NEW YORK — The Rev. Al Sharpton’s activism on the Trayvon Martin case has given him a unique role - some would say unique conflict - on MSNBC. The news network host is in the middle of a story he’s been featuring every evening on the air.
Half of Mr. Sharpton’s “PoliticsNation” program on MSNBC Monday was about the Feb. 26 shooting of the unarmed black teenager in Sanford, Fla., leading with an interview with Trayvon’s parents, Sybrina Fulton and Tracy Martin. Mr. Sharpton’s only reference to his own involvement in the case was a remark that “we did the press conference” earlier in the day.
The veteran civil rights activist has spoken at rallies to seek justice for the slain youth. On Monday before the Sanford city commission, Mr. Sharpton testified that Trayvon’s parents had endured “insults and lies” over reports that their son attacked George Zimmerman, the neighborhood watch captain who shot him.
Mr. Sharpton’s dual role would have been unthinkable on television 20 years ago and still wouldn’t be allowed at many news organizations. While opinionated cable news hosts have become commonplace over the past decade, Mr. Sharpton goes beyond talking.
“It certainly represents a change in our traditional view of the boundaries between journalism and activism,” said Kelly McBride, ethics group leader at the Poynter Institute, a journalism think tank. “Al Sharpton is clearly an activist.”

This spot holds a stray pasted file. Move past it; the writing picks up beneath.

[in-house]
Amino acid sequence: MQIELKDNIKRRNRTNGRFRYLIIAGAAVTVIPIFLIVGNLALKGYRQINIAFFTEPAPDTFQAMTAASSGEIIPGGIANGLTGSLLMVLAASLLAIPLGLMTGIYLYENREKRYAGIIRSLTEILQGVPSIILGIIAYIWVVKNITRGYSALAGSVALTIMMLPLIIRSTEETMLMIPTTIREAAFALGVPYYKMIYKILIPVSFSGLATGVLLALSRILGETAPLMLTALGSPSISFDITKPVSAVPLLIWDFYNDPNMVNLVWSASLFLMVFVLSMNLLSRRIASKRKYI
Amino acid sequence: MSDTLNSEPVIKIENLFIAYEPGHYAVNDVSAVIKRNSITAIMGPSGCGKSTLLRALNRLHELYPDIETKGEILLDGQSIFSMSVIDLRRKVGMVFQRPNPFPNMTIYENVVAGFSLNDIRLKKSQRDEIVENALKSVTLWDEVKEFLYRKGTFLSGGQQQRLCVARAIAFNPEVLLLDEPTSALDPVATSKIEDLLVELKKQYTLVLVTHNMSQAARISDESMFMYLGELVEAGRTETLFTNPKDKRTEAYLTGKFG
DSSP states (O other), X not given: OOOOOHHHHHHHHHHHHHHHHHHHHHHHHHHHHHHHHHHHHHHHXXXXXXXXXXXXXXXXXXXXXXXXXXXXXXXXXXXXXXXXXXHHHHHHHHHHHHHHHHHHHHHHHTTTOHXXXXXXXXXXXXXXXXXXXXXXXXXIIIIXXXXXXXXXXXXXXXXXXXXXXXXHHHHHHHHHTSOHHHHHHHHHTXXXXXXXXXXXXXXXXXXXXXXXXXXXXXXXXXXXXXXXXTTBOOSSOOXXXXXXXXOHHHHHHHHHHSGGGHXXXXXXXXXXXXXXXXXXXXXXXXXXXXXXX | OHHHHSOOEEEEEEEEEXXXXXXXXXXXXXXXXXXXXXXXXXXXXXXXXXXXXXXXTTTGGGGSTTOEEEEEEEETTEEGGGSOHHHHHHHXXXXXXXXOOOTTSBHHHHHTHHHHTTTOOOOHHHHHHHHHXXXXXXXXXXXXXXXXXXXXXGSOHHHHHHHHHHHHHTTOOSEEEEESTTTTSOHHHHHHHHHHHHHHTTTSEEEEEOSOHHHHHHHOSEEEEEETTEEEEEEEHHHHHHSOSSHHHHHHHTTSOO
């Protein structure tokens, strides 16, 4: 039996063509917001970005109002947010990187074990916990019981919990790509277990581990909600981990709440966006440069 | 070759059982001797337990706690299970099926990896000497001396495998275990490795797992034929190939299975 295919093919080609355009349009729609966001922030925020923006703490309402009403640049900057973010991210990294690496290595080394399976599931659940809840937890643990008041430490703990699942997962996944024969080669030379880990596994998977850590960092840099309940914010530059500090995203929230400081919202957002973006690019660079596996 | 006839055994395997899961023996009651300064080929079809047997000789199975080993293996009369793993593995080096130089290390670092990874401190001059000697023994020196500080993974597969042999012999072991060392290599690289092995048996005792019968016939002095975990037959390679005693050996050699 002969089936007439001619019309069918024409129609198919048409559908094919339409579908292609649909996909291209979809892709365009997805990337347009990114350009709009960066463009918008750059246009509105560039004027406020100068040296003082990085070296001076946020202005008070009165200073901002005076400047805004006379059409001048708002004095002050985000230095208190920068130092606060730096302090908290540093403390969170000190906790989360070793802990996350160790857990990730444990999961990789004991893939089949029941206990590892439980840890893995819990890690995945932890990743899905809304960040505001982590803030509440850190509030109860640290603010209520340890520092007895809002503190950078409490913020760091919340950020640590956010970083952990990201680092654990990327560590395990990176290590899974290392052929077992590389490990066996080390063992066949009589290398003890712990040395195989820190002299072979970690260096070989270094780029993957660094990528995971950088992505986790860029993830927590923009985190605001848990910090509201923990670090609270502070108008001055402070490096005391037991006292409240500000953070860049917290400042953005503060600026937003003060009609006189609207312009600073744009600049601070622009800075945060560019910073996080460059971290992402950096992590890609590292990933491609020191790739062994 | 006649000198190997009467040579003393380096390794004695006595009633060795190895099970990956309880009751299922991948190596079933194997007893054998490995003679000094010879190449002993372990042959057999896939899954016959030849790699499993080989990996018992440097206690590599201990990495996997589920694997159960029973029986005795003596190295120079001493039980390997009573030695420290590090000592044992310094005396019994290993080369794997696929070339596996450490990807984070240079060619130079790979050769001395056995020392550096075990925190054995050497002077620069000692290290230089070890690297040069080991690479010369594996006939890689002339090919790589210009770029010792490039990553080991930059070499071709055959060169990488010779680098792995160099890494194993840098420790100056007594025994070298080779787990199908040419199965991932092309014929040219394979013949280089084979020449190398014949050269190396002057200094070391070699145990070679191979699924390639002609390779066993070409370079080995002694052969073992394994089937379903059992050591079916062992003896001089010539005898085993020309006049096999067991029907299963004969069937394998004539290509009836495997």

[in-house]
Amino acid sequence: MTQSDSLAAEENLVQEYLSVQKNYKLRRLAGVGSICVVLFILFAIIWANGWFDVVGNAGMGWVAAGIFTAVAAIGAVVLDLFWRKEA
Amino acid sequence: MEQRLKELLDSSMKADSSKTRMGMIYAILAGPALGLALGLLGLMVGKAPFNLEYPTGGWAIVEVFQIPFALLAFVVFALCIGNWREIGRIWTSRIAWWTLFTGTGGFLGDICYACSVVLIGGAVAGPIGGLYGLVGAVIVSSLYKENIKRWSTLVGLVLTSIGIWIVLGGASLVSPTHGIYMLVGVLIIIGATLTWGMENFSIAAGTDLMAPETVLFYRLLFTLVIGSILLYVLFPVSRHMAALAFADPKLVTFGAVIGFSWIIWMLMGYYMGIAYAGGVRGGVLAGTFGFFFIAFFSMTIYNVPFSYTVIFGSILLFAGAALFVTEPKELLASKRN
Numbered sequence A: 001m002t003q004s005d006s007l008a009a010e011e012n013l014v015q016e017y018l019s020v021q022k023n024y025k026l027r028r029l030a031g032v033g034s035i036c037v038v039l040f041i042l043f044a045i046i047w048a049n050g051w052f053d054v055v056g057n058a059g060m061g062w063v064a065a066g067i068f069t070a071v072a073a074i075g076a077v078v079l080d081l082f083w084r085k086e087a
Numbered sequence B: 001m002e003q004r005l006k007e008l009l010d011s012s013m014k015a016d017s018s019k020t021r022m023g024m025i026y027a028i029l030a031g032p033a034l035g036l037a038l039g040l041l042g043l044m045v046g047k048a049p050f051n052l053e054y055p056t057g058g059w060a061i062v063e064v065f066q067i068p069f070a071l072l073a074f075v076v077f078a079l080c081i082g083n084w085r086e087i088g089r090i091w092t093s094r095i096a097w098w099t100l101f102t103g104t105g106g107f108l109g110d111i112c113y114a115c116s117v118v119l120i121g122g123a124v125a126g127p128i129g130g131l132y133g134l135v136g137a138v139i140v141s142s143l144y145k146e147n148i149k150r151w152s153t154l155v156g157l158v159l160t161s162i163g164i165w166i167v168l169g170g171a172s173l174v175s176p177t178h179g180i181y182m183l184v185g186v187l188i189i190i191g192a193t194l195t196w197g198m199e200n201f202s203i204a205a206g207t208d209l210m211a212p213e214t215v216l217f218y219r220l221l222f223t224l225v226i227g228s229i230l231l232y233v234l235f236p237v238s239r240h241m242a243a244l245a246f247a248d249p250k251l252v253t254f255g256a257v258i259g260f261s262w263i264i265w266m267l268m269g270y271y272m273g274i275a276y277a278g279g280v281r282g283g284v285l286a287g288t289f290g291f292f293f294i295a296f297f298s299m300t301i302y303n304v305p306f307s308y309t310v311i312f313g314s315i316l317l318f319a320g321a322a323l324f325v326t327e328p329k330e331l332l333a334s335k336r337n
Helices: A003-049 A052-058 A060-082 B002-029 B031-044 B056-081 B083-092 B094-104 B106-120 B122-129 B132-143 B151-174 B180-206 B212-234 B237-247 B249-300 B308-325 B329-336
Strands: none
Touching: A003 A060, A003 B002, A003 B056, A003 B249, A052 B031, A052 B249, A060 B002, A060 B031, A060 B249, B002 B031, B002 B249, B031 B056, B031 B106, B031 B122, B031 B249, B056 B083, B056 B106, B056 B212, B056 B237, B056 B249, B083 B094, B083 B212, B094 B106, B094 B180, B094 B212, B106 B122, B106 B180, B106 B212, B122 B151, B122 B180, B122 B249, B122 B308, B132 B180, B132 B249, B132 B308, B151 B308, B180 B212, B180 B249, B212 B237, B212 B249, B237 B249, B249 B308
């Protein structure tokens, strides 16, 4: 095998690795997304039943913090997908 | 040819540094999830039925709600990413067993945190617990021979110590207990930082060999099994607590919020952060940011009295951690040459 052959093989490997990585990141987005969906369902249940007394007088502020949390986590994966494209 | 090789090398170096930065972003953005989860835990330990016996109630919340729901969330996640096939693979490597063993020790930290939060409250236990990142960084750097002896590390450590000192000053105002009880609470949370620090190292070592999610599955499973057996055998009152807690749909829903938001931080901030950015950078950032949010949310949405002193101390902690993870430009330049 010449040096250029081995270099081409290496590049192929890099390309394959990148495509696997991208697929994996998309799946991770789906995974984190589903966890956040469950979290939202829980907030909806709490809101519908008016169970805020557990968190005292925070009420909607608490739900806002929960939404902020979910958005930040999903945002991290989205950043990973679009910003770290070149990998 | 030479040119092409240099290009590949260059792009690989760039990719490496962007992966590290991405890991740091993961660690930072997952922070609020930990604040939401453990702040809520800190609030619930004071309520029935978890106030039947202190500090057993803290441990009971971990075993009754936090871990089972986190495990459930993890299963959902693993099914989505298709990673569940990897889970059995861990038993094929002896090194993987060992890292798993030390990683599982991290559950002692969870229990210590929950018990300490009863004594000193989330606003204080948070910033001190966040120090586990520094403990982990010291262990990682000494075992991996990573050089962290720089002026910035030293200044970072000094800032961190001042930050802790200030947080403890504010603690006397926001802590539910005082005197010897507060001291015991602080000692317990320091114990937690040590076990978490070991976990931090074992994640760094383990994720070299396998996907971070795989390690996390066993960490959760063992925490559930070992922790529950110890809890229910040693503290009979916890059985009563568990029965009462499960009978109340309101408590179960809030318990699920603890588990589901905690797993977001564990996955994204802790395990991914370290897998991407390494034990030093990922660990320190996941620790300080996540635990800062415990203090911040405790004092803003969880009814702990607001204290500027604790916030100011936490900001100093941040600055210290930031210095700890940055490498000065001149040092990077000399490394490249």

Mr. Sharpton, a Baptist minister, runs the Harlem-based National Action Network, a civil rights organization. He’s been a frequent presence as an advocate in racially-charged cases dating back to Tawana Brawley’s accusations of an assault that turned out to be a hoax in the late 1980s.
He joined MSNBC’s roster of hosts last summer after extensive discussions about how his activist role would continue while on the air.
MSNBC chief executive Phil Griffin said his chief requirement was that Mr. Sharpton discuss his activism with network bosses so they could decide, on a case-by-case basis, how it would affect “PoliticsNation,” which begins at 6 p.m. ET.
Mr. Griffin, talking before Monday’s show, said he hadn’t seen any conflict with Mr. Sharpton’s role on and off the air in the Martin case. He said Mr. Sharpton had fulfilled his requirement to be honest and upfront about his activities, and credited “PoliticsNation” with helping to make it a national story.
Eric Deggans, a media critic for the Tampa Bay Times who has discussed Mr. Sharpton’s role on CNN’s “Reliable Sources” and elsewhere, recalled being treated like he was “nitpicking” last August when he first raised questions about how Mr. Sharpton’s activism could present conflicts for MSNBC.
He wondered whether Mr. Sharpton would be able to deal with it fairly on the air if questions are raised about the Martin family’s account.
“I don’t know what’s in his head,” Mr. Deggans said. “What I know is that he seems to have become the face of the family’s protest against the police and the process. Is it possible to do that and still be an honest broker?”
Mr. Sharpton was presented with precisely that test Monday following an Orlando Sentinel report that Mr. Zimmerman told police that Trayvon had punched him in the nose, jumped him and began banging his head on the sidewalk. Mr. Sharpton reported that account, noting that “there are serious questions about Zimmerman’s version of events.”